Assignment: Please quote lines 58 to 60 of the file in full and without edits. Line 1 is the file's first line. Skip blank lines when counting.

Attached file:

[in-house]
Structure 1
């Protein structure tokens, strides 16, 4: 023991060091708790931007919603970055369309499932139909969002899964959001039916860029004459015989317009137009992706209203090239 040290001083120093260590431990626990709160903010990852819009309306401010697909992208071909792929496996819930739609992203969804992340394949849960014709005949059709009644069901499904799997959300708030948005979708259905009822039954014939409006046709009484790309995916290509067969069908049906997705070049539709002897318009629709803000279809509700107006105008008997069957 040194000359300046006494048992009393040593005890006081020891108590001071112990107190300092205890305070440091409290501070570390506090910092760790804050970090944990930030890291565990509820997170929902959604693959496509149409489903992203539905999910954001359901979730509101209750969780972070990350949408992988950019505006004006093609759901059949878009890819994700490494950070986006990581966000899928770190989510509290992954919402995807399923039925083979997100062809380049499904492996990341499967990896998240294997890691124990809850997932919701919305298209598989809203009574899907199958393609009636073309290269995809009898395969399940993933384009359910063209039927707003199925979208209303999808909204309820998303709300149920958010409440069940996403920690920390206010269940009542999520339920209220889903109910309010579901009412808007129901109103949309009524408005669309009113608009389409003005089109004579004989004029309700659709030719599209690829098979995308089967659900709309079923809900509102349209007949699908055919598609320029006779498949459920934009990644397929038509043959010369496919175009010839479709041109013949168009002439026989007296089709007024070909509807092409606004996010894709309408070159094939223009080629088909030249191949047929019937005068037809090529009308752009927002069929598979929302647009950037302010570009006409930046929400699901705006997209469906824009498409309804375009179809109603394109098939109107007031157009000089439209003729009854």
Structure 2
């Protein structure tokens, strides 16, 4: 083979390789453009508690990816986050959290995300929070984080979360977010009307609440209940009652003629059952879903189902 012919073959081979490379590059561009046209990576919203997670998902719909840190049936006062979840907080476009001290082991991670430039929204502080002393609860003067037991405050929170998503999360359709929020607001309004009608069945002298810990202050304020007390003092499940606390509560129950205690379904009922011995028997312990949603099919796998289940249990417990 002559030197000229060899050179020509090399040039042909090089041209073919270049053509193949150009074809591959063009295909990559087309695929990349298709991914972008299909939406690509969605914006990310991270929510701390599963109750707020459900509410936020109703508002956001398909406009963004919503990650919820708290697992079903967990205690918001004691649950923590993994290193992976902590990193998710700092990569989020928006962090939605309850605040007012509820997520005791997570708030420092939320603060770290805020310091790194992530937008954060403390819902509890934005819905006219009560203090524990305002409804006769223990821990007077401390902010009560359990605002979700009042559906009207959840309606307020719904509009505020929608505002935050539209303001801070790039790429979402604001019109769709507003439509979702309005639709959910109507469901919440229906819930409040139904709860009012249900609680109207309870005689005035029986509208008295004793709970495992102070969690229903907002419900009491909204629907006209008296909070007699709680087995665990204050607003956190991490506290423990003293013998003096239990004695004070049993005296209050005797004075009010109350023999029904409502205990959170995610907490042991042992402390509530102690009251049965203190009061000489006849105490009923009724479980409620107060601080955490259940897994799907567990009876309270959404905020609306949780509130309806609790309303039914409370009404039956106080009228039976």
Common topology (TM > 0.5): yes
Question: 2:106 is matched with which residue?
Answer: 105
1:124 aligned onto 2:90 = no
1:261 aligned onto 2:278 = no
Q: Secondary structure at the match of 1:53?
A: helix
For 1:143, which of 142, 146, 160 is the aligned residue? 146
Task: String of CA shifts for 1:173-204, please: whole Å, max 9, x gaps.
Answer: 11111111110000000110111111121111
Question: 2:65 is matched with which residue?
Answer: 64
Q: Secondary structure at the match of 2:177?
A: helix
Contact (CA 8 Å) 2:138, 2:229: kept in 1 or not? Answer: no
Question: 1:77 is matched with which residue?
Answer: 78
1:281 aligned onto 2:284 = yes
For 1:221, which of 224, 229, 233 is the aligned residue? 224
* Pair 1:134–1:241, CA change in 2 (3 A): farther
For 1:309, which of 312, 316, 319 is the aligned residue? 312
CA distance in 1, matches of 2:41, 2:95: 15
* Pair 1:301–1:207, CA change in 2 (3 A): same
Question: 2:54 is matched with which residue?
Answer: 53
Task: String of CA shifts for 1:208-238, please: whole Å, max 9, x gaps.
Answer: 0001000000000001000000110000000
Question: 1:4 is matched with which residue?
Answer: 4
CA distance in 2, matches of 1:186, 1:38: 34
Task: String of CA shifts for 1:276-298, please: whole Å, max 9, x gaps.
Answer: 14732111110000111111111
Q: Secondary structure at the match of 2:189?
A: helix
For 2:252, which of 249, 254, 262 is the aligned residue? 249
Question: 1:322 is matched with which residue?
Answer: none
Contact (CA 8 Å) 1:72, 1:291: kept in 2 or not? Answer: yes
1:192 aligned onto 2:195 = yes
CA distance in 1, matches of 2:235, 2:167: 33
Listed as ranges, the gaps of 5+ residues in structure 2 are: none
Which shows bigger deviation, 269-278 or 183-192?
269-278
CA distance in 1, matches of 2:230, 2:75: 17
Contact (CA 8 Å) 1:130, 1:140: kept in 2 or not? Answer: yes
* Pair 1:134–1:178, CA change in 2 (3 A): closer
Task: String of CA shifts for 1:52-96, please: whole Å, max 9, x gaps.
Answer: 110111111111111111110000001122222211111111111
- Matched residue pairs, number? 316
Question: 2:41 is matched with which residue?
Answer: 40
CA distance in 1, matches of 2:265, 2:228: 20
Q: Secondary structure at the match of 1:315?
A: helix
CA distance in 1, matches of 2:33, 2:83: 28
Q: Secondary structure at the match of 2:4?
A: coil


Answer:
Q: Secondary structure at the match of 1:315?
A: helix
CA distance in 1, matches of 2:33, 2:83: 28